Tuesday 20 November 2018

City 'ignored warnings' over controversial construction company

Manchester City ignored warnings from their own staff by striking a sponsorship deal with a construction company accused of mistreating migrant workers, according to leaked documents. (Photo by Alan Martin/Action Plus via Getty Images)
Manchester City ignored warnings from their own staff by striking a sponsorship deal with a construction company accused of mistreating migrant workers, according to leaked documents. (Photo by Alan Martin/Action Plus via Getty Images)

James Ducker

Manchester City ignored warnings from their own staff by striking a sponsorship deal with a construction company accused of mistreating migrant workers, according to leaked documents.

As the head of Spain's La Liga claimed Uefa may be reluctant to take action against City and Paris Saint-Germain for allegedly flouting Financial Fair Play rules because of a "conflict of interest", City were facing another wave of damaging allegations yesterday.

According to the latest claims from the Football Leaks whistle-blowers published by German magazine 'Der Spiegel', City pushed ahead with a £7 million-a-year regional sponsorship contract with Arabtec, a controversial Dubai-based construction company, despite club staff expressing concerns about the morality of such a deal and the potential impact it would have on their reputation. The disclosures came as Gianni Infantino, the Fifa president, defended his role in secretly helping City negotiate a FFP settlement with Uefa.

Allegations In the latest allegations to plunge City into turmoil, it is alleged a risk analysis regarding a possible deal with Arabtec was carried out by executives but that, despite the report concluding a partnership with the company would have "significant potential to damage the perception and standing of the club and its owners", the club struck an agreement regardless, signing a regional contract that would be publicised only in Arab states, Russia and Turkey, where there was considered to be less risk of condemnation.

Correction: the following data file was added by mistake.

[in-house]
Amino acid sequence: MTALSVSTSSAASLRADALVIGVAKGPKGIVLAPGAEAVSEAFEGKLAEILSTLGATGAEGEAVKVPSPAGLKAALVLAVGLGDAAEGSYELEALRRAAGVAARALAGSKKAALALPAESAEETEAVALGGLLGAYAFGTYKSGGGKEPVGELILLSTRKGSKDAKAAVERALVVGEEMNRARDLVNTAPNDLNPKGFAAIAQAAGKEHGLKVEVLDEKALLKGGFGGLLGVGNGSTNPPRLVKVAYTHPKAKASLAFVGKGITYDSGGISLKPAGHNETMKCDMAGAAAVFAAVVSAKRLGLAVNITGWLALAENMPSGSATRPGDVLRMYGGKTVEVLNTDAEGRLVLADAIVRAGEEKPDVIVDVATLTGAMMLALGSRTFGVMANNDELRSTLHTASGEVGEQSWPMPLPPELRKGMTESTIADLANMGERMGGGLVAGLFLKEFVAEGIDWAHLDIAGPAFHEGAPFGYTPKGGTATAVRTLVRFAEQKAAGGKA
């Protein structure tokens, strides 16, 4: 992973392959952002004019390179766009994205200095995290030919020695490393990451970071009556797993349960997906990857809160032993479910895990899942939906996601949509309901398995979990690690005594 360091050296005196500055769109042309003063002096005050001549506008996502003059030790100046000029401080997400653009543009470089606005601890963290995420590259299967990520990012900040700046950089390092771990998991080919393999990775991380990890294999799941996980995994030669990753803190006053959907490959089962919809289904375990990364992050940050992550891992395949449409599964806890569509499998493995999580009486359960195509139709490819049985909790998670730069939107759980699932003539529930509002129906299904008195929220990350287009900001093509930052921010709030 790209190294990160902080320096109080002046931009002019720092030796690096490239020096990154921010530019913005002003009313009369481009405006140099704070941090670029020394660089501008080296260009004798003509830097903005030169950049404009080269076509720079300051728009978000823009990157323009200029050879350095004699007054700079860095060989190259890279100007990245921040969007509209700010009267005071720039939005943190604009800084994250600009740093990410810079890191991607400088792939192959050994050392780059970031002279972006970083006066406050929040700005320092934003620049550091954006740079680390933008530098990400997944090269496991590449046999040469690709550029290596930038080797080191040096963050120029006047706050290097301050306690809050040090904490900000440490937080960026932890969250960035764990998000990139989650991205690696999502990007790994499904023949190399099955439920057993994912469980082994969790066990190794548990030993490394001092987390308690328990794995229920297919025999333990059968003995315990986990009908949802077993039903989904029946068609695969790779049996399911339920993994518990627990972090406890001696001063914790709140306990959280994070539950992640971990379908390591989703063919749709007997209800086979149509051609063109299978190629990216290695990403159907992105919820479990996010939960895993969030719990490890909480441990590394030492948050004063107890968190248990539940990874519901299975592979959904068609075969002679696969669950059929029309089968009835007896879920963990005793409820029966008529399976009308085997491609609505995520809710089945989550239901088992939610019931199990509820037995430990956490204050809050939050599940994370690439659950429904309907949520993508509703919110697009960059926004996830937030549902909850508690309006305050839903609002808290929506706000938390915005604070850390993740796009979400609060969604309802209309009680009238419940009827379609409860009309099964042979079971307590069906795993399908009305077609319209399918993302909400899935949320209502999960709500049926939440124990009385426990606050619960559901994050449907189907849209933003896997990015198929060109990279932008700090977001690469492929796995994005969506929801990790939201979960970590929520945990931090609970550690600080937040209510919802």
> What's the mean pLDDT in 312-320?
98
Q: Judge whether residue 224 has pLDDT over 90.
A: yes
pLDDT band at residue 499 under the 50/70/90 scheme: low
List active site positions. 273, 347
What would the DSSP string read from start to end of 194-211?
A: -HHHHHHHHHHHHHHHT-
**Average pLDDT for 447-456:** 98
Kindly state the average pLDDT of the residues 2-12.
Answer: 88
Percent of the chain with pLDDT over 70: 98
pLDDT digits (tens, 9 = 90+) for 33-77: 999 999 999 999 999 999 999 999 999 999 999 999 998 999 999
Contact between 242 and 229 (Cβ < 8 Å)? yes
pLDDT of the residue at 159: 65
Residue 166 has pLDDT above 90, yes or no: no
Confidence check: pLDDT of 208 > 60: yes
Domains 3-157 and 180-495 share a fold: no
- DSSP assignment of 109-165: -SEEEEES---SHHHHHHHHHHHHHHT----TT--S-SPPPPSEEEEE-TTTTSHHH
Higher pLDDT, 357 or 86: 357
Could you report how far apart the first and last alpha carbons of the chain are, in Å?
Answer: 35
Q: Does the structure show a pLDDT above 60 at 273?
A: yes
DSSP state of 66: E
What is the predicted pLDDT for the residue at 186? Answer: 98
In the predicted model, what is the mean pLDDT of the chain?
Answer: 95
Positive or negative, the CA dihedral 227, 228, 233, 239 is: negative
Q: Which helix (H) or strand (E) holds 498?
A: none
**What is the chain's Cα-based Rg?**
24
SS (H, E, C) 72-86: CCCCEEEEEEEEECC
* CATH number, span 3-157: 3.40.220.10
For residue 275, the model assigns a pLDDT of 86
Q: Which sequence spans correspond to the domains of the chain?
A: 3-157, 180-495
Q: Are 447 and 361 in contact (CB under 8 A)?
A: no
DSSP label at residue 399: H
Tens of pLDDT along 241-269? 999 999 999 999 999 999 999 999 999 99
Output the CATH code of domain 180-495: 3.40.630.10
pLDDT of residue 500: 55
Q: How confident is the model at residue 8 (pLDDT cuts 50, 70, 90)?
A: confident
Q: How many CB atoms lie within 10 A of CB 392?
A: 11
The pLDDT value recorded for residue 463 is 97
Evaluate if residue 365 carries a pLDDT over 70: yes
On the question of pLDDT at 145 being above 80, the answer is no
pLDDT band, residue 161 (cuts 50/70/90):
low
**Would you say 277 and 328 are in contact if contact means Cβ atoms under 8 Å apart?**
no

The BBC had reported in 2009 how poorly Arabtec had treated its employees. Arabtec workers had gone on strike in May 2013, which was said to have resulted "in violence and deportations" and there had also been reports about the dire conditions in Abu Dhabi for migrant workers.

Vicky Kloss, the City director of communications, was said to have sent an email to club executives warning them to avoid a deal. "I think it's the biggest single risk to [our] reputation we have faced since 2008," Kloss wrote. "The gap between what we do and what they [Arabtec] do is unbridgeable."

City have yet to comment and continue to refer to a statement last week in which they said the leaks constituted an "organised and clear" attempt to "damage the club's reputation".

'Der Spiegel' reported last week City and PSG breached FFP rules by €188m and €215m respectively in 2014, and tried to cover up the breach using vast sponsorship deals that far exceeded their market value. (© Daily Telegraph, London)

Irish Independent

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